Discover the Solar Radiation Sensors Trusted by Mexico's Scientists

Mexico exhibits virtually every known climatic condition on Earth, with its two million square kilometers home to tropical jungles, glaciers, prairies and hot and arid deserts.

The Meteorología of Servicio Meteorológico Nacional (SMN) is an organization tasked with monitoring and analyzing this large, complex system of meteorological parameters.

solar radiation sensors

Image Credit: Shutterstock / Wangkun Jia

Analyzing and predicting climatic changes requires much more comprehensive data than basic information on temperature and precipitation. For example, solar radiation must be measured in modern meteorological networks due to its tangible influence on weather and climate and its impact on many processes in the atmosphere and on the Earth’s surface.

Solar radiation is also a factor in the work of many agronomists, biologists, architects, physicists, material scientists, and public health professionals.

Discover the Many Weather Systems of Mexico

Image Credit: OTT HydroMet

All these professionals require solar radiation data as part of their work and research. The importance of solar radiation data is also of growing interest due to the more widespread implementation of renewable energy sources.

SMN operates a wide-ranging network of Automatic Weather Stations (AWS) across the whole of Mexico’s territory. Each of these 136 weather stations features a Kipp & Zonen CMP 11 pyranometer which is used to measure global horizontal solar irradiance.

Data from the AWS is sent every 10 minutes via the Geostationary Operational Environmental Satellite (GOES). This satellite is operated by the USA-based National Oceanic and Atmospheric Administration (NOAA).

Sensors must be routinely and carefully calibrated to ensure this network and its valuable data continue to reliably function.

The Secretaría de Energía de México (SENER) recently funded a calibration and maintenance project focused on this national network of pyranometers. The goal of this project is to facilitate a reliable assessment of the country’s solar energy resources.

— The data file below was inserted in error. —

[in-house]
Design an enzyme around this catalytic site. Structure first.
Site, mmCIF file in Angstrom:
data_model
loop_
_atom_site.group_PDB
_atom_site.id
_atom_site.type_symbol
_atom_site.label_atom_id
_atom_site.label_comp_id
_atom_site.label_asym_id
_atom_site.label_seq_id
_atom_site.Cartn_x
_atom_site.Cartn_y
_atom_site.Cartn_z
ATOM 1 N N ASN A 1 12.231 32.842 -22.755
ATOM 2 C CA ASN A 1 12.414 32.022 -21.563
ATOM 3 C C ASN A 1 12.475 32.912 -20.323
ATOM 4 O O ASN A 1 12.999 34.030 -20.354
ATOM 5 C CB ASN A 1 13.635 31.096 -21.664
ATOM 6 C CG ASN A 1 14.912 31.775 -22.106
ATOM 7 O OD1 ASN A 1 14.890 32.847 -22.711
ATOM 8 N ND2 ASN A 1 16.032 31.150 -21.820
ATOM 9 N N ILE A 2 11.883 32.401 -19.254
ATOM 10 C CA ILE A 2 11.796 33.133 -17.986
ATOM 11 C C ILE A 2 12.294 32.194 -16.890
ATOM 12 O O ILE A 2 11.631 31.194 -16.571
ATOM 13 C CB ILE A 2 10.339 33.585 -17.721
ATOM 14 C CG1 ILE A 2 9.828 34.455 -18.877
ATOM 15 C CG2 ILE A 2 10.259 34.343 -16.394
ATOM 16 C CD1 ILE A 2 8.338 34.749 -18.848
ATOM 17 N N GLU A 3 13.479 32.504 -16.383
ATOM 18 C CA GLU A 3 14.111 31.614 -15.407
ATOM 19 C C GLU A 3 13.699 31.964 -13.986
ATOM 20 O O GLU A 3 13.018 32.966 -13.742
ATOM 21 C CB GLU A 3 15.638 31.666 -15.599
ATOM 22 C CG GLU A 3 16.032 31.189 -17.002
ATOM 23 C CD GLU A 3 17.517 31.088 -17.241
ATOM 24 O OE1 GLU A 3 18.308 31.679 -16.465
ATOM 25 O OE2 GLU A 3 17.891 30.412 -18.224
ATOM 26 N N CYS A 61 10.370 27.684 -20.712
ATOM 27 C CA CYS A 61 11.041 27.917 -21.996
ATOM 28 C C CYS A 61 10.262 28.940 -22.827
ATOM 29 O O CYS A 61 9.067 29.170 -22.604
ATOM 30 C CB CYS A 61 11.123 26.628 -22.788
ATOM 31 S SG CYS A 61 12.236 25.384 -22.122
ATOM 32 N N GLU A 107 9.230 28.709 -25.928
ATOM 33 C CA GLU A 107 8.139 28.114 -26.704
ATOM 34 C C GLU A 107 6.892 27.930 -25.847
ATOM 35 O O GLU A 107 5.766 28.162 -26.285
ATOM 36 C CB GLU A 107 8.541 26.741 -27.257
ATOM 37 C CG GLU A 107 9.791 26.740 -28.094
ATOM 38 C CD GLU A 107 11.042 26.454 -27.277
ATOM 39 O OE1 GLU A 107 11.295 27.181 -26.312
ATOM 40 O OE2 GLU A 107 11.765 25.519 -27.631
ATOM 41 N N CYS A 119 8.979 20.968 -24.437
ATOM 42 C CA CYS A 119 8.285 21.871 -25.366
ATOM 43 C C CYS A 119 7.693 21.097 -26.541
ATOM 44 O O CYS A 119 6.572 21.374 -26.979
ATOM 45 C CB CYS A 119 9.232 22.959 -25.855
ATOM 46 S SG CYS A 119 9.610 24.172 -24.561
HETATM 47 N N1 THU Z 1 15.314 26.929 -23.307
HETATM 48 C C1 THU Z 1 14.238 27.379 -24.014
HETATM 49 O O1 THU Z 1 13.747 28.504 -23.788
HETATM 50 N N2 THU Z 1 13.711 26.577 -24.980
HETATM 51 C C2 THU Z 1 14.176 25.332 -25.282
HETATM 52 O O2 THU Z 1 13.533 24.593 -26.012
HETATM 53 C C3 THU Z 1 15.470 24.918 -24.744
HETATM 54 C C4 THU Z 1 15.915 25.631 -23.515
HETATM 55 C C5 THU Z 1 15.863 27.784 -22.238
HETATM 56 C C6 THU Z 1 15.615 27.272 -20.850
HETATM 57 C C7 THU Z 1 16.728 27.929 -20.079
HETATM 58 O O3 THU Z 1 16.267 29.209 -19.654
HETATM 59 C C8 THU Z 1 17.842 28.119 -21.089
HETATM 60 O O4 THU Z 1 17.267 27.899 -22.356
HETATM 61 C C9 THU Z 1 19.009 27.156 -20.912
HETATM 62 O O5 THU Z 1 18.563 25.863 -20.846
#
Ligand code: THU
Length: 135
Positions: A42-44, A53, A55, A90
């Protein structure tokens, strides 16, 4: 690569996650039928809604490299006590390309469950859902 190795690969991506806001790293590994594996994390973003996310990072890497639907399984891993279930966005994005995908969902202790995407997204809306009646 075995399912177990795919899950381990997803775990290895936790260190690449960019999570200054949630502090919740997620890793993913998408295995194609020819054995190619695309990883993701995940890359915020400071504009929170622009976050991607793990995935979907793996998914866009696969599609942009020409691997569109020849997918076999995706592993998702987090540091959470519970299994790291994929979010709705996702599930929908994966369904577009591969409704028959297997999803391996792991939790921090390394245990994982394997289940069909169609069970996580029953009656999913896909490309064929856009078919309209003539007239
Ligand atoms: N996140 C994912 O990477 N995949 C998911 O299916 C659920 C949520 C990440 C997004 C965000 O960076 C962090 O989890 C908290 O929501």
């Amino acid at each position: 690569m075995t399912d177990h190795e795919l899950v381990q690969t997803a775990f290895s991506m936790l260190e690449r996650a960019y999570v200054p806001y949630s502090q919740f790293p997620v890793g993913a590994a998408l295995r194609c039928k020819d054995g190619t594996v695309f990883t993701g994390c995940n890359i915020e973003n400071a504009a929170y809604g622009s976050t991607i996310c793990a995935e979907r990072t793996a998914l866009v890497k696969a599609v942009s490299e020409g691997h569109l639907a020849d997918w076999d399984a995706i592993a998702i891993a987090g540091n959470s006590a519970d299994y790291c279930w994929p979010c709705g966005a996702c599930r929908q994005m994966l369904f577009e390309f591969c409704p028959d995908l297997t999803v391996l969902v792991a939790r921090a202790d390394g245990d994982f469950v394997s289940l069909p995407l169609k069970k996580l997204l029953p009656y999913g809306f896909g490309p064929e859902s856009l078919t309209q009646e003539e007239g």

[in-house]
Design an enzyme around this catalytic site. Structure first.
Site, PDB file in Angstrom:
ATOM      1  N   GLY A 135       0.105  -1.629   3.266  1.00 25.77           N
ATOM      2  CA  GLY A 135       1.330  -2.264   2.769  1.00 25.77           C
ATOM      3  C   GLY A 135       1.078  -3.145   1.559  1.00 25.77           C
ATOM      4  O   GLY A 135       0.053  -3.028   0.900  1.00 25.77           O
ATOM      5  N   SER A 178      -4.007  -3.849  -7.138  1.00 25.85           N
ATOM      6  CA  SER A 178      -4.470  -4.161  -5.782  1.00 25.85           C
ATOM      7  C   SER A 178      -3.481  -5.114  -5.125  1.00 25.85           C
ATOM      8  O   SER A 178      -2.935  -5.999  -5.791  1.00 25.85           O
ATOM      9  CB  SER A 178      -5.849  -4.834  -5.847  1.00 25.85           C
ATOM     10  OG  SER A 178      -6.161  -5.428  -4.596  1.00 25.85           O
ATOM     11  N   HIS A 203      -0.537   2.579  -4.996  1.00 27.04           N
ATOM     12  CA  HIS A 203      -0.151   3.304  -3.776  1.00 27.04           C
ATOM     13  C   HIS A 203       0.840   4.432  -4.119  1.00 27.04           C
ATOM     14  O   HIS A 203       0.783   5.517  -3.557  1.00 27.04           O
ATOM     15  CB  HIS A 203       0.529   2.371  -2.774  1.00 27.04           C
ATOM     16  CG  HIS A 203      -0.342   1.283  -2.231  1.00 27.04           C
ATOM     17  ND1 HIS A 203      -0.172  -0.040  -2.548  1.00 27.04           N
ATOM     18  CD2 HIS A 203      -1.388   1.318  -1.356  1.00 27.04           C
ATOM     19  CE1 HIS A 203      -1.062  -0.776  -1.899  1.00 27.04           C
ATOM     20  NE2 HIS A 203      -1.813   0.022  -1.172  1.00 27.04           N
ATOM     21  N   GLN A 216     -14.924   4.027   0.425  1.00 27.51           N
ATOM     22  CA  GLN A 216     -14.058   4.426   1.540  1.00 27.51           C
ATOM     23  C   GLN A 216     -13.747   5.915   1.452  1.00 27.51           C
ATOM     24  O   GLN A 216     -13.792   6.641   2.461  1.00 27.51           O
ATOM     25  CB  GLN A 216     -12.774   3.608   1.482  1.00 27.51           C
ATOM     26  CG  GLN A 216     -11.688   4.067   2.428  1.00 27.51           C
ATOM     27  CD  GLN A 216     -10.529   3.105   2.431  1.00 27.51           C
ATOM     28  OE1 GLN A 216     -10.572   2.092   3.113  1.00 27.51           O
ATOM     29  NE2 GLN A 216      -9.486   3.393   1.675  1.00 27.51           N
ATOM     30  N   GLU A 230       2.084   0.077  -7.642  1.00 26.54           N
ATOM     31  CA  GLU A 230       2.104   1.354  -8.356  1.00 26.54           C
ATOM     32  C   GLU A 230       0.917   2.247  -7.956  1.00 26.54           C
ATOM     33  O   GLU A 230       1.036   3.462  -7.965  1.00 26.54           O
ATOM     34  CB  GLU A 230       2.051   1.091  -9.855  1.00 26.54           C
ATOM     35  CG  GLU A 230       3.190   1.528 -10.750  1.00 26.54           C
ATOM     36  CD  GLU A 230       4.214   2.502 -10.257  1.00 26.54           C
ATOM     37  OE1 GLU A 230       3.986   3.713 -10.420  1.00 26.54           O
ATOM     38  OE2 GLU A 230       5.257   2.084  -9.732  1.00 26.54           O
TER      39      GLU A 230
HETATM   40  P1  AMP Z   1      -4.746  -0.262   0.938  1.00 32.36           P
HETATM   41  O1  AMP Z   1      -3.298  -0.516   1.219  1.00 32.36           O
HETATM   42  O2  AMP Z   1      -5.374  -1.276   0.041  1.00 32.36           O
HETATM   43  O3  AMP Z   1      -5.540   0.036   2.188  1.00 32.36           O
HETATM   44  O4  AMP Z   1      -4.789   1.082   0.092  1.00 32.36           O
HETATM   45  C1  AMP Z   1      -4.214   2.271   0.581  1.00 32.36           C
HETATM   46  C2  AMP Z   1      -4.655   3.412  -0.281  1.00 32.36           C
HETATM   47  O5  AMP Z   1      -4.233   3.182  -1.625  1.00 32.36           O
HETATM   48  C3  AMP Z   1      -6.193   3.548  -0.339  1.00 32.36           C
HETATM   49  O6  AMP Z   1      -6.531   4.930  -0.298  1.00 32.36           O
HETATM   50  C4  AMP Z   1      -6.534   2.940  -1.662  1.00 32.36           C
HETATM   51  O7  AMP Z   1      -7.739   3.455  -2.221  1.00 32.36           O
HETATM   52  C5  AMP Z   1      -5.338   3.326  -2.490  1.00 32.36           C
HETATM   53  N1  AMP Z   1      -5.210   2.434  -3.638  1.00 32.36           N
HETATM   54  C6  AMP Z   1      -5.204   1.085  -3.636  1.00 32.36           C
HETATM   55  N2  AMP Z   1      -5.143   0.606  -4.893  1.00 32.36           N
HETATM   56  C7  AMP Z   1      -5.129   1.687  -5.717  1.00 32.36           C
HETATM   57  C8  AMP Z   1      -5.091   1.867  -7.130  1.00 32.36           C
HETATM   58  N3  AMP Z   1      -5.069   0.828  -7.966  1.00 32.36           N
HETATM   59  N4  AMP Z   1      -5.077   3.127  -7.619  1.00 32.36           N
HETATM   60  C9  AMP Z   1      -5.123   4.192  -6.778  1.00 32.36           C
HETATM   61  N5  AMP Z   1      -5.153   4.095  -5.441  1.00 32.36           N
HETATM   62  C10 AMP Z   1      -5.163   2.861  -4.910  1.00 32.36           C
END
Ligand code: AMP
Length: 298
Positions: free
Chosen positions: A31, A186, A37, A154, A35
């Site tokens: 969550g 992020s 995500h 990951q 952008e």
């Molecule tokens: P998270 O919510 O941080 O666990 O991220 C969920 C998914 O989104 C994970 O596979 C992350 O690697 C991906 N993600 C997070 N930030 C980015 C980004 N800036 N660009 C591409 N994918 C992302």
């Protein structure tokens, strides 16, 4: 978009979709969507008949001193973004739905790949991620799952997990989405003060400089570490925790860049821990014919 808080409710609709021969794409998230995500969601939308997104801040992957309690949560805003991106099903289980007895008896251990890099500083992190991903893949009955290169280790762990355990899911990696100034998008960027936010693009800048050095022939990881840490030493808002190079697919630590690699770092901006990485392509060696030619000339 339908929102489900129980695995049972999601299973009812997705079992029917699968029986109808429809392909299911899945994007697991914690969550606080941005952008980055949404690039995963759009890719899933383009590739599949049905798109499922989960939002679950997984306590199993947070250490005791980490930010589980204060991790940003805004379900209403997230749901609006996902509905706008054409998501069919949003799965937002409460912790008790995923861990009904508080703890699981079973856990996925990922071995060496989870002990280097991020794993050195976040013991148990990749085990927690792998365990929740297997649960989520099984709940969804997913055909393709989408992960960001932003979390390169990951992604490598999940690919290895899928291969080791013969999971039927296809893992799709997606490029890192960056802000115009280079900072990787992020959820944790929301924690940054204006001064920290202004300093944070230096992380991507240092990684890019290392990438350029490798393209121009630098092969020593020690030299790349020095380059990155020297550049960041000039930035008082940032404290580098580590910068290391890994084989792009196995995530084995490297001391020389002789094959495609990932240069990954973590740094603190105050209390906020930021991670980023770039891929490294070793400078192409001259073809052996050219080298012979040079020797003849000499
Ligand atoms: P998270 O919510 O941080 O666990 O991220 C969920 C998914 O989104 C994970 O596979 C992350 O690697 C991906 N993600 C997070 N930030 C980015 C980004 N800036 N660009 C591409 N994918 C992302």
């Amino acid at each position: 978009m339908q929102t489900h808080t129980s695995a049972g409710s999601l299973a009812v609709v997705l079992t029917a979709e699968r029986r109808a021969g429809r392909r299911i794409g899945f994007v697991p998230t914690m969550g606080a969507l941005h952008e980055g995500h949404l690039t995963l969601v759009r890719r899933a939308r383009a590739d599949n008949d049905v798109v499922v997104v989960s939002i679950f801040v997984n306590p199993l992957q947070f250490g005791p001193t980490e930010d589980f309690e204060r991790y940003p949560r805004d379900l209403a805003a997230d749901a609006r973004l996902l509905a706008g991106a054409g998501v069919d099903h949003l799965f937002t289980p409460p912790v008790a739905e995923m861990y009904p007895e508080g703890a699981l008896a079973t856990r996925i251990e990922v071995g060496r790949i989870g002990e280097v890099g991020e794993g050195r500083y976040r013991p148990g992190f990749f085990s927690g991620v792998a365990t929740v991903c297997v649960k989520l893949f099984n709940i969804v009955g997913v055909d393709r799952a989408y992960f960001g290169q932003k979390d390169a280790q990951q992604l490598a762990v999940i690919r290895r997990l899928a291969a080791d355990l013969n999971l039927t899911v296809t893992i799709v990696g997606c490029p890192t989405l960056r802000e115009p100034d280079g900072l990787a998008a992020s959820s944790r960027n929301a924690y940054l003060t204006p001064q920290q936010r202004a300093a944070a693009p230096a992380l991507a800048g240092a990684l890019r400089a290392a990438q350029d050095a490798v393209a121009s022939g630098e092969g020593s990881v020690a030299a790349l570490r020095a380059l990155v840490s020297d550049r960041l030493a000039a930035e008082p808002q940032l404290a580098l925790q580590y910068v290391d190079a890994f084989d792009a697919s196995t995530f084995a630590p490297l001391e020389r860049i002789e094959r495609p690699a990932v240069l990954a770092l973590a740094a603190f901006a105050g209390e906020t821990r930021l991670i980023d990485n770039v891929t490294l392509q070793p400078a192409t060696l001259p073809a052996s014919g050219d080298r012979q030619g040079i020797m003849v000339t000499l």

Discover the Many Weather Systems of Mexico

Image Credit: OTT HydroMet

This ground data is also employed in the fine-tuning of various radiative transfer models suitable for analyzing data acquired via meteorological satellite images.

Pyranometer calibration is undertaken by the Solar Radiation Section (SRS) of the Instituto de Geofísica of the Universidad Nacional Autónoma de México (UNAM) based close to Mexico City.

The Section is one of the three Regional Radiation Centers of the World Meteorological Organization (WMO) for Region IV (North America, Central America, and the Caribbean). It boasts more than 50 years of experience in measuring solar radiation.

SRS’s team of specialists is responsible for preventive and corrective maintenance and calibration of the full range of CMP 11 pyranometers in the SMN AWS network. This calibration is conducted in line with the international standard ISO-9846:1993 Solar energy - Calibration of a pyranometer using a pyrheliometer.

SRS uses a reference Eppley HF absolute cavity radiometer (ACR) for this task – a tool routinely used in the International Pyrheliometer Comparisons (IPC) at the World Radiation Center in Davos, Switzerland.

The reference absolute cavity radiometer’s calibration is transferred to a reference pyranometer via a SOLYS 2 sun tracker. This is done in line with the ISO-9846:1993 ‘sun-shade’ method.

This method necessitates a series of lengthy observations during highly specific environmental conditions, including clear skies and a stable atmosphere. These circumstances dictate the site and season where the calibration will take place.

Once calibrated, this reference pyranometer will be exclusively employed in calibrating the SNM network’s field pyranometers. This guarantees absolute traceability of the field pyranometer calibration and its adherence to the World Radiation Reference (WRR).

Discover the Many Weather Systems of Mexico

Image Credit: OTT HydroMet

Acknowledgments

Produced from materials originally authored by Ing. Víctor L. Hernández, Director de la División de Meteorología, Rossbach de México.

This information has been sourced, reviewed and adapted from materials provided by OTT HydroMet. Kipp & Zonen is one of OTT HydroMet's brands for comprehensive environmental monitoring.

For more information on this source, please visit OTT HydroMet.

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